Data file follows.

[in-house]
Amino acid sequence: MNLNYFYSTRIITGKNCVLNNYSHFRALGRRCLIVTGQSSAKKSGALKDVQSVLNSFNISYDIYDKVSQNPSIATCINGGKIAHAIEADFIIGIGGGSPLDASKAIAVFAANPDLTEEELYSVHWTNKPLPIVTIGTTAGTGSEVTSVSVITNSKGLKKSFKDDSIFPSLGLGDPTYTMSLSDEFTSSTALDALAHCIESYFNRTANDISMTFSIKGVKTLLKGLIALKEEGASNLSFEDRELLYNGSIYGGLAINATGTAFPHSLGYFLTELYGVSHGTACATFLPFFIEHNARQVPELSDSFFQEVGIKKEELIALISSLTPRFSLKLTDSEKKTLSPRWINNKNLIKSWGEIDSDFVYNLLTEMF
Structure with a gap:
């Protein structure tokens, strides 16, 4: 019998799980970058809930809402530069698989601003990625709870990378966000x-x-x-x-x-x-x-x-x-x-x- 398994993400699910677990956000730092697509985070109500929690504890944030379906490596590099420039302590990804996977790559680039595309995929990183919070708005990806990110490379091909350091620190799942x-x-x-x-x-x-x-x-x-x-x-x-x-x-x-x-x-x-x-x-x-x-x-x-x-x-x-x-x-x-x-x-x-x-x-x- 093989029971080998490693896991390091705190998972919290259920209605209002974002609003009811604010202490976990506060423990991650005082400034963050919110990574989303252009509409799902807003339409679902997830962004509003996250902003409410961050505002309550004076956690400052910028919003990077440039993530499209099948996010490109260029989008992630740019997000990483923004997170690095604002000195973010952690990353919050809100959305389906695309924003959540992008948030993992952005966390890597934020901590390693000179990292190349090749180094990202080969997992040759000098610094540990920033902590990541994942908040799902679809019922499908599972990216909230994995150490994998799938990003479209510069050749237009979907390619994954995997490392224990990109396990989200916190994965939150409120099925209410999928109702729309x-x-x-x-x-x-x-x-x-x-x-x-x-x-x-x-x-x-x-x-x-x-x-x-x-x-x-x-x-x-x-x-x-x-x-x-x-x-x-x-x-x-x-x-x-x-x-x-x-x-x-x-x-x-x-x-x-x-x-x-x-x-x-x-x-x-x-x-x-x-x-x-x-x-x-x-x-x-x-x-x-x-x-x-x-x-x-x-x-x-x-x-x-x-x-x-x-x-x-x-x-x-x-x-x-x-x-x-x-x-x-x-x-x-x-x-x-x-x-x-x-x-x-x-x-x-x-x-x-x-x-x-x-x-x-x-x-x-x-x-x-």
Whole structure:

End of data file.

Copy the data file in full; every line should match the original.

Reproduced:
[in-house]
Amino acid sequence: MNLNYFYSTRIITGKNCVLNNYSHFRALGRRCLIVTGQSSAKKSGALKDVQSVLNSFNISYDIYDKVSQNPSIATCINGGKIAHAIEADFIIGIGGGSPLDASKAIAVFAANPDLTEEELYSVHWTNKPLPIVTIGTTAGTGSEVTSVSVITNSKGLKKSFKDDSIFPSLGLGDPTYTMSLSDEFTSSTALDALAHCIESYFNRTANDISMTFSIKGVKTLLKGLIALKEEGASNLSFEDRELLYNGSIYGGLAINATGTAFPHSLGYFLTELYGVSHGTACATFLPFFIEHNARQVPELSDSFFQEVGIKKEELIALISSLTPRFSLKLTDSEKKTLSPRWINNKNLIKSWGEIDSDFVYNLLTEMF
Structure with a gap:
């Protein structure tokens, strides 16, 4: 019998799980970058809930809402530069698989601003990625709870990378966000x-x-x-x-x-x-x-x-x-x-x- 398994993400699910677990956000730092697509985070109500929690504890944030379906490596590099420039302590990804996977790559680039595309995929990183919070708005990806990110490379091909350091620190799942x-x-x-x-x-x-x-x-x-x-x-x-x-x-x-x-x-x-x-x-x-x-x-x-x-x-x-x-x-x-x-x-x-x-x-x- 093989029971080998490693896991390091705190998972919290259920209605209002974002609003009811604010202490976990506060423990991650005082400034963050919110990574989303252009509409799902807003339409679902997830962004509003996250902003409410961050505002309550004076956690400052910028919003990077440039993530499209099948996010490109260029989008992630740019997000990483923004997170690095604002000195973010952690990353919050809100959305389906695309924003959540992008948030993992952005966390890597934020901590390693000179990292190349090749180094990202080969997992040759000098610094540990920033902590990541994942908040799902679809019922499908599972990216909230994995150490994998799938990003479209510069050749237009979907390619994954995997490392224990990109396990989200916190994965939150409120099925209410999928109702729309x-x-x-x-x-x-x-x-x-x-x-x-x-x-x-x-x-x-x-x-x-x-x-x-x-x-x-x-x-x-x-x-x-x-x-x-x-x-x-x-x-x-x-x-x-x-x-x-x-x-x-x-x-x-x-x-x-x-x-x-x-x-x-x-x-x-x-x-x-x-x-x-x-x-x-x-x-x-x-x-x-x-x-x-x-x-x-x-x-x-x-x-x-x-x-x-x-x-x-x-x-x-x-x-x-x-x-x-x-x-x-x-x-x-x-x-x-x-x-x-x-x-x-x-x-x-x-x-x-x-x-x-x-x-x-x-x-x-x-x-x-």
Whole structure: